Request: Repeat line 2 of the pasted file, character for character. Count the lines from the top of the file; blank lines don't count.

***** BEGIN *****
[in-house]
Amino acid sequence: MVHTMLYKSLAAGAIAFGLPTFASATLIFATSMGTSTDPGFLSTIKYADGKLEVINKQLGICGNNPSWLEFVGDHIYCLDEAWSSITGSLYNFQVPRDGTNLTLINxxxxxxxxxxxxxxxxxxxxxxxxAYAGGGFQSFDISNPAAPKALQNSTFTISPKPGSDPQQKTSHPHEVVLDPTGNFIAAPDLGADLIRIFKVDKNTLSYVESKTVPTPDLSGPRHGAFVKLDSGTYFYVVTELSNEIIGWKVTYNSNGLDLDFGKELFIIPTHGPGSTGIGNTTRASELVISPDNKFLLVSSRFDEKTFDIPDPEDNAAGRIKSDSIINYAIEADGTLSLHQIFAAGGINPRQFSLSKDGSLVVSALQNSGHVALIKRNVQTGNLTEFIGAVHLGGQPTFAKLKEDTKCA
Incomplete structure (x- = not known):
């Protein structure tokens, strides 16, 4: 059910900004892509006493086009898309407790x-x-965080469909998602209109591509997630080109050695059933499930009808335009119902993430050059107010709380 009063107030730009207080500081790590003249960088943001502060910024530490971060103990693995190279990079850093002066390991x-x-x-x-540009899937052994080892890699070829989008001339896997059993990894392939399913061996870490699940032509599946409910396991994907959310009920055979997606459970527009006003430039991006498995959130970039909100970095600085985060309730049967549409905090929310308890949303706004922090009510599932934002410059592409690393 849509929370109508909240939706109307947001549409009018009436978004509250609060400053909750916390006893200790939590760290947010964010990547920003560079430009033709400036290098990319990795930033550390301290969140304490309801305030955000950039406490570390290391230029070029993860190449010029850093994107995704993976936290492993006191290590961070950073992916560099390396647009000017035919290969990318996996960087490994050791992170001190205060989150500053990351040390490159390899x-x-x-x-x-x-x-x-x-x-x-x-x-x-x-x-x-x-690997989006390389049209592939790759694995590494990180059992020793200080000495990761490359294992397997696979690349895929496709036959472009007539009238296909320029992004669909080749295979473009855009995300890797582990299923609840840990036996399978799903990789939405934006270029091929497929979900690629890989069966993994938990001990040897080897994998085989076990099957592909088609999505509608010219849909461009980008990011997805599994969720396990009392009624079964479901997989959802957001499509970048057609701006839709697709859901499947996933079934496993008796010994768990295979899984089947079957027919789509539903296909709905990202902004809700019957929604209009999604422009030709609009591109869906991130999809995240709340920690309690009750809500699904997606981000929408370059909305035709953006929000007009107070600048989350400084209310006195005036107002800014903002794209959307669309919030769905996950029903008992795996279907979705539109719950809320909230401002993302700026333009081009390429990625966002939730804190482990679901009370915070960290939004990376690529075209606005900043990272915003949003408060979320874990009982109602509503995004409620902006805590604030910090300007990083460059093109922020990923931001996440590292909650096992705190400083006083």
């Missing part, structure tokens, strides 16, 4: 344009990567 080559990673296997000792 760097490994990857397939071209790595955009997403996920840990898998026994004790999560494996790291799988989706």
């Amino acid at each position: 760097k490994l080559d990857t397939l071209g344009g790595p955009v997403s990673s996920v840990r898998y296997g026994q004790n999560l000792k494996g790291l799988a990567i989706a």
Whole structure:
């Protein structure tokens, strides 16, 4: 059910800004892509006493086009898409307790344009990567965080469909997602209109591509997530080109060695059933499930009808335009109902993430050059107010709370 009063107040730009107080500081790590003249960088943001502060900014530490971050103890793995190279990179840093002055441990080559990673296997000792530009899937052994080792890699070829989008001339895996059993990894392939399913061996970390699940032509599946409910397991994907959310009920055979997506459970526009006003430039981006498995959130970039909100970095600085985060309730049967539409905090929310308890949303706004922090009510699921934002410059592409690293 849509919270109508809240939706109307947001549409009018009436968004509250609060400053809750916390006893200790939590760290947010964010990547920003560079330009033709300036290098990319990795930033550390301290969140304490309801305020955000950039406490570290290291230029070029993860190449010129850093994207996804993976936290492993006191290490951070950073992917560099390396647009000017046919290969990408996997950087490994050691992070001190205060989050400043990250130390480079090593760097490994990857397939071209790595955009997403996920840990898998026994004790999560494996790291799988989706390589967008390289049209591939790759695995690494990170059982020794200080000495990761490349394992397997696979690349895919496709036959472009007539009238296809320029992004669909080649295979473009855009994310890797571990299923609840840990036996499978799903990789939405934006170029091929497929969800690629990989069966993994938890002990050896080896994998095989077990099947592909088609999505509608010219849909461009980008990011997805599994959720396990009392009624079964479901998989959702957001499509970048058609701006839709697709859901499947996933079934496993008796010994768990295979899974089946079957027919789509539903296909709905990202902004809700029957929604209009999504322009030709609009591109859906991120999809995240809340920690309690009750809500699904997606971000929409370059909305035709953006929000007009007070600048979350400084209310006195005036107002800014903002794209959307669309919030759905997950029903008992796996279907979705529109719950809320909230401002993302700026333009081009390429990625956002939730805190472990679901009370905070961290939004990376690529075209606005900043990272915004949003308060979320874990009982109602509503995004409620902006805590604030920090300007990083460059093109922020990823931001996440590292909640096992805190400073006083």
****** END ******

Amino acid sequence: MVHTMLYKSLAAGAIAFGLPTFASATLIFATSMGTSTDPGFLSTIKYADGKLEVINKQLGICGNNPSWLEFVGDHIYCLDEAWSSITGSLYNFQVPRDGTNLTLINxxxxxxxxxxxxxxxxxxxxxxxxAYAGGGFQSFDISNPAAPKALQNSTFTISPKPGSDPQQKTSHPHEVVLDPTGNFIAAPDLGADLIRIFKVDKNTLSYVESKTVPTPDLSGPRHGAFVKLDSGTYFYVVTELSNEIIGWKVTYNSNGLDLDFGKELFIIPTHGPGSTGIGNTTRASELVISPDNKFLLVSSRFDEKTFDIPDPEDNAAGRIKSDSIINYAIEADGTLSLHQIFAAGGINPRQFSLSKDGSLVVSALQNSGHVALIKRNVQTGNLTEFIGAVHLGGQPTFAKLKEDTKCA